The University of Texas at Arlington will provide updated guidance and information, including actions the University is taking and the latest health, safety and travel recommendations based on information from UT System, Centers for Disease Control and Prevention (CDC) and U.S. Department of State. Updated information is available on UTA's official coronavirus information page. If you are experiencing symptoms or have been in close contact with a COVID-positive individual, do not go to UTA Health Services or another clinic without first calling. Students can contact UTA Health Services with concerns during office hours at 817-272-2771.
We always recommend our community members follow CDC and public health guidelines, which include:
- Get vaccinated against COVID-19.
- While not required on campus, we encourage the use of face masks in campus buildings and elsewhere on campus where social distancing measures are difficult to maintain (e.g., student shuttle buses, well-attended outdoor events, etc.), especially if you have not been vaccinated. Please review UTA's face covering guidance for more information.
- Wash your hands often with soap and water for at least 20 seconds. If soap and water are not readily available, use a hand sanitizer that contains at least 60% alcohol. Avoid touching your eyes, nose, and mouth with unwashed hands.
- Avoid close contact with people who are sick.
- Practice social distancing - put 6 feet of distance between yourself and people who don’t live in your household.
- Avoid crowds and poorly ventilated indoor spaces.
- When coughing or sneezing, cover your mouth and nose with a tissue or your sleeve. Throw used tissues in the trash. Immediately wash your hands afterwards.
- Clean and disinfect frequently touched surfaces daily. This includes tables, doorknobs, light switches, countertops, handles, desks, phones, keyboards, toilets, faucets, and sinks.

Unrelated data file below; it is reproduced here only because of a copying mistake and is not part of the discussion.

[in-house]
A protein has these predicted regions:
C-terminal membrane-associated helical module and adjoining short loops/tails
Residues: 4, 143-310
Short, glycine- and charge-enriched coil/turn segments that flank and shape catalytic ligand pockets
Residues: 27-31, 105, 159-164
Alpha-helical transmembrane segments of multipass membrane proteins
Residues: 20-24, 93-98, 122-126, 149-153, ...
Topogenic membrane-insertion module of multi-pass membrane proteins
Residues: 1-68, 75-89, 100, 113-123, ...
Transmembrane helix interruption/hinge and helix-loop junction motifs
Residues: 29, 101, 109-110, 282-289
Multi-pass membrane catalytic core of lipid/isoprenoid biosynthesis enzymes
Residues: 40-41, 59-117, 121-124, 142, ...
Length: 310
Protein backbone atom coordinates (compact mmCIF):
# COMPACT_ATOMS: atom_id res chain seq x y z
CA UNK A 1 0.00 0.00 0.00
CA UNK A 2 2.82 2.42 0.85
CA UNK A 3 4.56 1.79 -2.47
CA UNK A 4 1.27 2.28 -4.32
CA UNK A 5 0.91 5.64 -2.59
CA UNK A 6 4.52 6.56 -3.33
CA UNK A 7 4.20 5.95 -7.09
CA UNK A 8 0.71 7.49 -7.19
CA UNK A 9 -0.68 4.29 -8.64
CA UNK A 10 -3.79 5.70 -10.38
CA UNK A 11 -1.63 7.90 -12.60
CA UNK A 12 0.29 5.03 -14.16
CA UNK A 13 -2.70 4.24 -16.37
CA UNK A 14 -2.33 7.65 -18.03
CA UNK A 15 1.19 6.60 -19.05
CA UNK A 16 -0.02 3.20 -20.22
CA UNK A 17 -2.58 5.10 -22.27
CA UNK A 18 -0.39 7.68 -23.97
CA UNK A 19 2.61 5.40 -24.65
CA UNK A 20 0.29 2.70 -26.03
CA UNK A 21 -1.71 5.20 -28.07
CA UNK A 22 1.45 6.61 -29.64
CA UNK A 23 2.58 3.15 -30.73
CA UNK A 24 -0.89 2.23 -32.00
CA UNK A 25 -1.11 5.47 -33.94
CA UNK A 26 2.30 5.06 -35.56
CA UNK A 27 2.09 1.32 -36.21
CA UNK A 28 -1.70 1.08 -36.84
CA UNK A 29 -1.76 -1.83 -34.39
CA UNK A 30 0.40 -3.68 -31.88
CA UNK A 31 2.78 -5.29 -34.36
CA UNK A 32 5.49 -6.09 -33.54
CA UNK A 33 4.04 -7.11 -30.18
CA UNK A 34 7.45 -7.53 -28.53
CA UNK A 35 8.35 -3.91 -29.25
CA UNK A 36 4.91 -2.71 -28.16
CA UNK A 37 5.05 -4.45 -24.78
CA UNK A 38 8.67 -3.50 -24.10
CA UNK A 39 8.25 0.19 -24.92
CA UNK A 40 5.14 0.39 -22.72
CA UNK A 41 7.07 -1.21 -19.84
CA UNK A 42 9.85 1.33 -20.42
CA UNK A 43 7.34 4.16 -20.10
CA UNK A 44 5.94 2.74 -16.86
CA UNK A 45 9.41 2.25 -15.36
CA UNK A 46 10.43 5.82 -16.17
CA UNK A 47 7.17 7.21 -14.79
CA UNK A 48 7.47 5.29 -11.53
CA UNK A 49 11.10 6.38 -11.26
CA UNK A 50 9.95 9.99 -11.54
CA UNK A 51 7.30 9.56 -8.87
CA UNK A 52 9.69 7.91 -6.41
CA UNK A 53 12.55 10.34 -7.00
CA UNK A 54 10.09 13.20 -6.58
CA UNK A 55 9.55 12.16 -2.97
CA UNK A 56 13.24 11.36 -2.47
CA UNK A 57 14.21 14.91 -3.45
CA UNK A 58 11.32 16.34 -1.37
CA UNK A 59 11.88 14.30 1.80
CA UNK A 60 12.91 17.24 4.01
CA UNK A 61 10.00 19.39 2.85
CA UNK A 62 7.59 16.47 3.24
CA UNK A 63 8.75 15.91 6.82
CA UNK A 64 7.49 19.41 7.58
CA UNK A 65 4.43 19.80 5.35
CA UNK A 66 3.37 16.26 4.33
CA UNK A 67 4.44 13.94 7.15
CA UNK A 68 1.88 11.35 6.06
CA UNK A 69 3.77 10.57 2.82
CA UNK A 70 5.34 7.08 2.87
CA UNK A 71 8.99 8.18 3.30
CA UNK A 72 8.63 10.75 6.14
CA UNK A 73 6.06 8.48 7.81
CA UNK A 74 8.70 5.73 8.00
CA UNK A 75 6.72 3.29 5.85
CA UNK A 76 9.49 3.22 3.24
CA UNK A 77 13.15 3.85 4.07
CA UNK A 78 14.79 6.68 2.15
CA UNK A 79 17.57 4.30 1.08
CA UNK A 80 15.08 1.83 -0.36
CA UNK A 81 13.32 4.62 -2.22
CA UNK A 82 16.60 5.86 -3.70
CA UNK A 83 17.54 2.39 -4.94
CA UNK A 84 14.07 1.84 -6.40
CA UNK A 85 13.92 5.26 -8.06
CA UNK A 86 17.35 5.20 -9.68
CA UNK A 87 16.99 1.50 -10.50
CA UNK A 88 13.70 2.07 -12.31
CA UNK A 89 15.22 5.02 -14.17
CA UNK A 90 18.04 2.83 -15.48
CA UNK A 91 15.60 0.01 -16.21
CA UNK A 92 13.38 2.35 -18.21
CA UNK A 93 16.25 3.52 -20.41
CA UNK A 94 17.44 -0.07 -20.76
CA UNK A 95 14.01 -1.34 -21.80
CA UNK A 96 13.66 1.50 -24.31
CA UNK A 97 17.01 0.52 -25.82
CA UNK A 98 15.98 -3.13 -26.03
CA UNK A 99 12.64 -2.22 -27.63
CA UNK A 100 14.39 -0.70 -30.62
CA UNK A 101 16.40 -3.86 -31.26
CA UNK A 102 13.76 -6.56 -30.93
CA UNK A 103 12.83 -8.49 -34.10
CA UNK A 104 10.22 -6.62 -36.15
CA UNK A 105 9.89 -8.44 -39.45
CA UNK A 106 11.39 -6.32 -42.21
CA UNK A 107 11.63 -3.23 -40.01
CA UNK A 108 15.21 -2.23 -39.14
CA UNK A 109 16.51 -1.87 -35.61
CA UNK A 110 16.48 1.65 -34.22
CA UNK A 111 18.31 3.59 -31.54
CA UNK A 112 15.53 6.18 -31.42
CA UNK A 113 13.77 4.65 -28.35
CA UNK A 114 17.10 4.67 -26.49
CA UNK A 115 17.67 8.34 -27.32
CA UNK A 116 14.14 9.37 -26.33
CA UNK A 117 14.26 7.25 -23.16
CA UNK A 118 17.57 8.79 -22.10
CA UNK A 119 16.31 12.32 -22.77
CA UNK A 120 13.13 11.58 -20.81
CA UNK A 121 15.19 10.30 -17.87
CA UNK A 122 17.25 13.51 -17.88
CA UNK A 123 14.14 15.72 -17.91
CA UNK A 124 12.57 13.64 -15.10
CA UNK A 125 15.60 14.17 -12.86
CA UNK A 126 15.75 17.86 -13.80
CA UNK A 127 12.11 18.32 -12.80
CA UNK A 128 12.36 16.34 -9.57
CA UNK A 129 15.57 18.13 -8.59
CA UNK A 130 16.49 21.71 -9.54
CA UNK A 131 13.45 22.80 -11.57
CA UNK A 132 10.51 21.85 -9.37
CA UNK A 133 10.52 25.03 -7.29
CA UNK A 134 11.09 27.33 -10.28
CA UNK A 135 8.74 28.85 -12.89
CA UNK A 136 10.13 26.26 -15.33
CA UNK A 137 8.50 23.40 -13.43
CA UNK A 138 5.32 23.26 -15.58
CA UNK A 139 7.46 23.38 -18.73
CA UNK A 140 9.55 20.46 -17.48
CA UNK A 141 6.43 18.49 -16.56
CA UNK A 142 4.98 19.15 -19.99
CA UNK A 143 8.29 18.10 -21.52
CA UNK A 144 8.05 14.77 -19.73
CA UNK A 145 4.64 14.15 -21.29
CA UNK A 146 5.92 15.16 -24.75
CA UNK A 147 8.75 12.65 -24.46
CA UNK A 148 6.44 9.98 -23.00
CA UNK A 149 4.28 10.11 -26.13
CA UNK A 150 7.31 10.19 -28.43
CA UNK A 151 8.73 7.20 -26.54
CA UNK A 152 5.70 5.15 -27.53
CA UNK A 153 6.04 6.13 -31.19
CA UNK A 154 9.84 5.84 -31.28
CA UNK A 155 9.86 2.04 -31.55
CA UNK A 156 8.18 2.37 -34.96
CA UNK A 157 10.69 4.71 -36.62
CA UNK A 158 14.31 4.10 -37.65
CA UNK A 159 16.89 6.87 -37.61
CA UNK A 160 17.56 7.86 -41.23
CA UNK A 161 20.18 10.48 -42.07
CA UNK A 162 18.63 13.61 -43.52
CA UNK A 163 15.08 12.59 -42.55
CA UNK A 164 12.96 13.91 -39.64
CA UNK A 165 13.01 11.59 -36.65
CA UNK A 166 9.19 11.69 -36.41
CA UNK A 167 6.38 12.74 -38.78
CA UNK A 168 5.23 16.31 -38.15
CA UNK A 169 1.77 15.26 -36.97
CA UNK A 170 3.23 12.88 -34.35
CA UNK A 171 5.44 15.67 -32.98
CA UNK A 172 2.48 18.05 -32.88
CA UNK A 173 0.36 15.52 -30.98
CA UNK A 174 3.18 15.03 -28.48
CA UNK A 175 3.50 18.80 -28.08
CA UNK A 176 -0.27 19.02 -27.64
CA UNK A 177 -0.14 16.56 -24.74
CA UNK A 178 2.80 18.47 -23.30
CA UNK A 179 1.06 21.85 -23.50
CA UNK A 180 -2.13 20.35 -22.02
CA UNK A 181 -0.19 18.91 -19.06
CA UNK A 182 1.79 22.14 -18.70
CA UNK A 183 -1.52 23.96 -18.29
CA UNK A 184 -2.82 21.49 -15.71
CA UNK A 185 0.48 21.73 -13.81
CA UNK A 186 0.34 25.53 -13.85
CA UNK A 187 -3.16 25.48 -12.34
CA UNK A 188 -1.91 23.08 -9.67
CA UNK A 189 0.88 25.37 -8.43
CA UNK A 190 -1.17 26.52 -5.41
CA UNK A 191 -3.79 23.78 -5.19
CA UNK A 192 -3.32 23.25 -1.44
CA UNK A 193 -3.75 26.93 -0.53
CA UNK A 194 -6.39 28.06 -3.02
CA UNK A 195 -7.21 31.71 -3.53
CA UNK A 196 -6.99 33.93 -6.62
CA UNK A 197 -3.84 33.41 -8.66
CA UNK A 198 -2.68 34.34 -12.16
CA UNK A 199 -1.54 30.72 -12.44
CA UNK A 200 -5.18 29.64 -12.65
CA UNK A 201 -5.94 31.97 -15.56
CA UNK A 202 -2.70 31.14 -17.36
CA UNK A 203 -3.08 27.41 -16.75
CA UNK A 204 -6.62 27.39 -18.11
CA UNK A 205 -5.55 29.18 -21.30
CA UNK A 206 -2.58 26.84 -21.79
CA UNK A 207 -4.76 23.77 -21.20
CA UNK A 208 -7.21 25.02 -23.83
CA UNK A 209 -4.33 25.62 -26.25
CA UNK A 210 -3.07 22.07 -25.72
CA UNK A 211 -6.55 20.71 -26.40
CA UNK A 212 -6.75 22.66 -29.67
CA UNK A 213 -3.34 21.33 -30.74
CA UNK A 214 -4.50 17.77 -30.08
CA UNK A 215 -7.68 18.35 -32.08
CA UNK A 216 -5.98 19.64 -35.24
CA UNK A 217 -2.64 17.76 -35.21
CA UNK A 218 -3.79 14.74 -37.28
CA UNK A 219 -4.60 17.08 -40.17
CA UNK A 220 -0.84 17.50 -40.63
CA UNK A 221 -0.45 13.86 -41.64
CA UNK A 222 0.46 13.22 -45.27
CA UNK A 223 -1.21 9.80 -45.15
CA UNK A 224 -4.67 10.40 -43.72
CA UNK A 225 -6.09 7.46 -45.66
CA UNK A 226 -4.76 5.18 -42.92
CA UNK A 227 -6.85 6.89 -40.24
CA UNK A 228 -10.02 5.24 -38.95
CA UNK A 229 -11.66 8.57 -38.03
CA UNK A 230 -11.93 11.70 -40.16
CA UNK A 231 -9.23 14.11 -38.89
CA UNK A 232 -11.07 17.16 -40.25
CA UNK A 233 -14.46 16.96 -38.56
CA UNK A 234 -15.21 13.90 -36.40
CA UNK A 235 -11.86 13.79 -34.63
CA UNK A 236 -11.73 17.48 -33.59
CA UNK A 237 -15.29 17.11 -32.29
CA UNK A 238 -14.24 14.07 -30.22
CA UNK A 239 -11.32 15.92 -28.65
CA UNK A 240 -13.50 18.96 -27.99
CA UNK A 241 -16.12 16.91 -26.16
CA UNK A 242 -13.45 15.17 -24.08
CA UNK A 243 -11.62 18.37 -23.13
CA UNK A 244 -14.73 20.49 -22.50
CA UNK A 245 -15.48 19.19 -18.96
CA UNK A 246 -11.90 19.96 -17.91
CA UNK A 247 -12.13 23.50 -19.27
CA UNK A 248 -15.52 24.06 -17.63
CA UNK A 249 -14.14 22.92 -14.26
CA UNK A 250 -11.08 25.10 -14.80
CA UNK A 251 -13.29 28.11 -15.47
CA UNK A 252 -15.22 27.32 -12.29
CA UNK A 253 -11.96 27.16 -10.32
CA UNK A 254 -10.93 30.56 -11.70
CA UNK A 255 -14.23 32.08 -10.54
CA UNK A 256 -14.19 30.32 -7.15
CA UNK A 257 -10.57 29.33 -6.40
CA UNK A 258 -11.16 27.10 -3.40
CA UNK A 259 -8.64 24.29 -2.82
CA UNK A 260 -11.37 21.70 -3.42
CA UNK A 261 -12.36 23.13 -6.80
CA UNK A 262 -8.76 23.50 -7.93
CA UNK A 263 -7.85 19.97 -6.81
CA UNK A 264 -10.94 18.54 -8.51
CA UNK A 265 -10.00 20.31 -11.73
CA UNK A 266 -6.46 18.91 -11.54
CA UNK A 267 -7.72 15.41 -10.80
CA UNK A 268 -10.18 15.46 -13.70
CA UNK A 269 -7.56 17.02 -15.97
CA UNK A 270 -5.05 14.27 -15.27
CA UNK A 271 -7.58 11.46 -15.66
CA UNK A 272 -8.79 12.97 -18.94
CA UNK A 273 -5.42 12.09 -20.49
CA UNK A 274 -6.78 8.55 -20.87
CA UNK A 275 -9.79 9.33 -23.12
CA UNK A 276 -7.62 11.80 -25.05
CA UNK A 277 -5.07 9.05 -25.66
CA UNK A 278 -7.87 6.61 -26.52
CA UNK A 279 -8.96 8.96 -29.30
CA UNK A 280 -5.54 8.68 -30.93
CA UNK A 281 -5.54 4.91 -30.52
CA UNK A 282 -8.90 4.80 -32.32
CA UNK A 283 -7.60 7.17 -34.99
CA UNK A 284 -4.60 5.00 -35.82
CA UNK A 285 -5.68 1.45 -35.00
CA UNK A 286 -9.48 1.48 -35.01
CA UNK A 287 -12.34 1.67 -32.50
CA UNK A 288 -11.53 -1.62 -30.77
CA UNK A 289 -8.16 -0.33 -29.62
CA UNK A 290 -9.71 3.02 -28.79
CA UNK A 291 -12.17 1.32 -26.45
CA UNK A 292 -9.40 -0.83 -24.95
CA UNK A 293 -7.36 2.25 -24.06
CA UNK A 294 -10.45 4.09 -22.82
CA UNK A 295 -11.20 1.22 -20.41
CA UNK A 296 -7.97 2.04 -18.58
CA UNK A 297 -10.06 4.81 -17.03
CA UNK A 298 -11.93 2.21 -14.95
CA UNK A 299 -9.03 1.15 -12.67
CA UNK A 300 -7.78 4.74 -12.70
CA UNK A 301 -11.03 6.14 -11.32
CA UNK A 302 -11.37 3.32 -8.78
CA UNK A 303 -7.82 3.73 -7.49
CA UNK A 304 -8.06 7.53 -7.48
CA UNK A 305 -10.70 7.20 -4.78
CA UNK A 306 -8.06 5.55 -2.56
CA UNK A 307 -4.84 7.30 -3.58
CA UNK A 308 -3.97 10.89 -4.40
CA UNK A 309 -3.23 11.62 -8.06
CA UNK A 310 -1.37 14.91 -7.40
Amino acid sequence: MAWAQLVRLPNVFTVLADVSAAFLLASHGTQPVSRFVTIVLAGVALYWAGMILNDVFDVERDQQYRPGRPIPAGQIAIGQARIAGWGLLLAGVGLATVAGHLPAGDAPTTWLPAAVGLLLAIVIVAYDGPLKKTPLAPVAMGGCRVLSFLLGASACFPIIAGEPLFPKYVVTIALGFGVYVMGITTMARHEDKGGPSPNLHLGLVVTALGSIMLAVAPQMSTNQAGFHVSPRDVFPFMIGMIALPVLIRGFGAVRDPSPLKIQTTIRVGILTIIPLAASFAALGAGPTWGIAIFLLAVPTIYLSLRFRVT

- Monitor your health daily. Watch for fever, cough, shortness of breath or other symptoms of COVID-19.
- Stay home if you are sick and seek medical attention.
Students, call 817-272-2771 if you develop symptoms that are new, worsening or occurring in a way that is not normal for any chronic conditions you may have:
- Shortness of breath or difficulty breathing
- Repeated shaking with chills
- Muscle pain
- Sore throat
- Sudden loss of taste or smell
- Feeling feverish or a measured temperature greater than or equal to 100 degrees Fahrenheit
All students, faculty and staff are encouraged to complete daily monitoring and a temperature check before coming to campus. You can download the daily self-monitoring checklist for easy access.
Monkeypox is a rare disease caused by infection with the monkeypox virus. Anyone can get monkeypox, regardless of age or sex, though the virus does not spread easily.
The Centers for Disease Control and Prevention (CDC) is tracking multiple cases associated with a recent outbreak of monkeypox that has been reported in several countries, including the United States. Tarrant County Public Health and Dallas County Public Health are tracking cases of monkeypox, with their respective dashboards updating weekly. Please review county public health departments in areas outside of Tarrant and Dallas County for relevant information.